The picture immediately below is an image taken from north of the junction central to the adjacent image just above the town name and pink marker. The view looks southwards down Boulevard Jean Jaures. The curve in the tramway lines accommodates the change in direction of the road at the junction which is also evident in the adjacent image. The second image (below), taken Just to the south of the one above, looks south towards Narbonne and so bears the legend, L’Avenue de Narbonne. A similar location after the removal of the tramway. The street is now known as the Boulevard de Vingre. Boulevard Jean Jaures or Boulevard de Vingre (D13) in the early 21st century. This image was taken from approximately the same location as the first postcard view of the street, also looking South.
Travelling North-northeast from the centre of the village along what is now the D413, the trams ran on the West side of the road until they reached what was, in the early 20th century, primarily, open ground on the edge of the village where the station was built.A tram arrives at the Station in Cuxac from Narbonne having travelled through the village first.  This tram has travelled from Ouveillan and will go on through the village of Cuxac d’Aude to Narbonne. It obscures the view of the station building. This tram has also travelled from Ouveillan and will go on through the village of Cuxac d’Aude to Narbonne. This and the previous monochrome image show the station building to good effect. This view shows the line ahead to Ouveillan as a tram arrives from there on its way to Narbonne. 
The journey to Ouveillan from Cuxac was over relatively level ground. Trams followed what is now the D13 through to Ouveillan, after travelling through the suburbs of Cuxac on the Rue Louis Mestre.On the way, trams passed through what is now known as Pont des Graves, as can been seen on the adjacent satellite image from Google Maps.
Pont des Graves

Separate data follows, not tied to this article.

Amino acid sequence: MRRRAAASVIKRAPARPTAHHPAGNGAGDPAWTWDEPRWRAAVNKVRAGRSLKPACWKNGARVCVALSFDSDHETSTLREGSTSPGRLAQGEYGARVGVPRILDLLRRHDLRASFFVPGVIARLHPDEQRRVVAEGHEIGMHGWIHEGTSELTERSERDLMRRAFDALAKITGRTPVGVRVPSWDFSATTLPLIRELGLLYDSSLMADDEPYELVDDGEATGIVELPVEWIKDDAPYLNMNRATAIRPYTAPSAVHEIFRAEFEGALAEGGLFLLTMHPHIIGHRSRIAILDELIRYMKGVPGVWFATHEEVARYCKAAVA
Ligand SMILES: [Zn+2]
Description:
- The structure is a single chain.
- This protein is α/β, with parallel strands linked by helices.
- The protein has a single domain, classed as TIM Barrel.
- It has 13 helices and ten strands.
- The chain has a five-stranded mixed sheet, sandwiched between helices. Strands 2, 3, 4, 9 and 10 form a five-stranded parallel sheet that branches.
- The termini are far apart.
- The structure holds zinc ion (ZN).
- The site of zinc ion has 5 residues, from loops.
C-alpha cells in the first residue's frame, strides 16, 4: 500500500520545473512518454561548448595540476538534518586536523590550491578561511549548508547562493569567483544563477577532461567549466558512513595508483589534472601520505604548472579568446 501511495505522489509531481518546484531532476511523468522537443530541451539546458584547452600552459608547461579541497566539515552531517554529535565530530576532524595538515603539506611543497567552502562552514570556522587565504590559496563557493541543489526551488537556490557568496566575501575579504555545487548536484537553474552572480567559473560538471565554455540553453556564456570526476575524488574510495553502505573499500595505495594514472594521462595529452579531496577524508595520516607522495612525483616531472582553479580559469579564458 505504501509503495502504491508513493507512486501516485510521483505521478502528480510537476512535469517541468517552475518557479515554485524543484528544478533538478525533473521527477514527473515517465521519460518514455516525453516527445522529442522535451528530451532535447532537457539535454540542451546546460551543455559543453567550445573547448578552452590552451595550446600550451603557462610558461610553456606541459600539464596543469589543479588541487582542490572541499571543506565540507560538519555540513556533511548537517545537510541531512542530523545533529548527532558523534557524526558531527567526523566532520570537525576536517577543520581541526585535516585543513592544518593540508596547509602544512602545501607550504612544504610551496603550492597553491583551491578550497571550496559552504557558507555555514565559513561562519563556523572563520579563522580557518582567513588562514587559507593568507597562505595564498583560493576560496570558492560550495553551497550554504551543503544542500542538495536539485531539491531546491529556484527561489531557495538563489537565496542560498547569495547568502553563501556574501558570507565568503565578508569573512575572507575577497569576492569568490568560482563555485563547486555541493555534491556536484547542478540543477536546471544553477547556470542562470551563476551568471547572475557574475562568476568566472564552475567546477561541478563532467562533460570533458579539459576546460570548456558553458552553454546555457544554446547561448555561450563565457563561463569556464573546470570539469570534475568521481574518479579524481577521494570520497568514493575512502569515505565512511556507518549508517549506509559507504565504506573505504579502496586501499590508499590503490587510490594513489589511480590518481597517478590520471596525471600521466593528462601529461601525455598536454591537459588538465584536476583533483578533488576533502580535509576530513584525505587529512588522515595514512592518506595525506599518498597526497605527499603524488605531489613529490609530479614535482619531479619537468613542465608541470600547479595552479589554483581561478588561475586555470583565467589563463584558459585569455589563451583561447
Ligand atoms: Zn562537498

At this point the current D13 bridges the Canal d’Atterrissement de l’Etang de Capestang.
Back in 1939, which is the date of the earliest aerial image available, the bridge and canal were in place but the small community of Pont des Graves had still to form. This can be seen clearly on the aerial image below. The journey from Pont des Graves to Ouveillan was direct and level, following the D13.
The tramway entered Ouveillan along the Avenue de Narbonne.The tramway on Avenue de Narbonne. This view looks towards Cuxac. Approximately the same location in the early 21st century.A train heads away from Ouveillan tramway station along the Avenue de Narbonne. Approximately the same location in the early 21st century.Further Northwest along what is now the D13, the tramway is still visible, and this card refers to the road on which it is running as Avenue de la Gare. The same location, once again in the 21st century.This is an earlier, pre-tramway view of the Avenue de la Gare. This time the tramway is in place. The station is off to the left of the photographer. Avenue de la Gare was also known as Avenue de Saint Chinian. It bears that alternative name today and is part of the modern D13. This postcard view looks back Southeast towards the centre of Ouveillan. It seems that the road was known also as Avenue de la Croisade. This excellent view shows the tramway bearing off the main road into the station site. Almost exactly the same location in the early 21st century. The station site is to the right of the main road beyond the houses.The station was in the open area to the right of the plane trees.In the light of the size of other Tramways de l’Aude stations the terminus at Ouveillan was well provided for in infrastructure terms and it was sited adjacent to what would become the wine co-op buildings of the town which can be seen in the Google Streetview image above.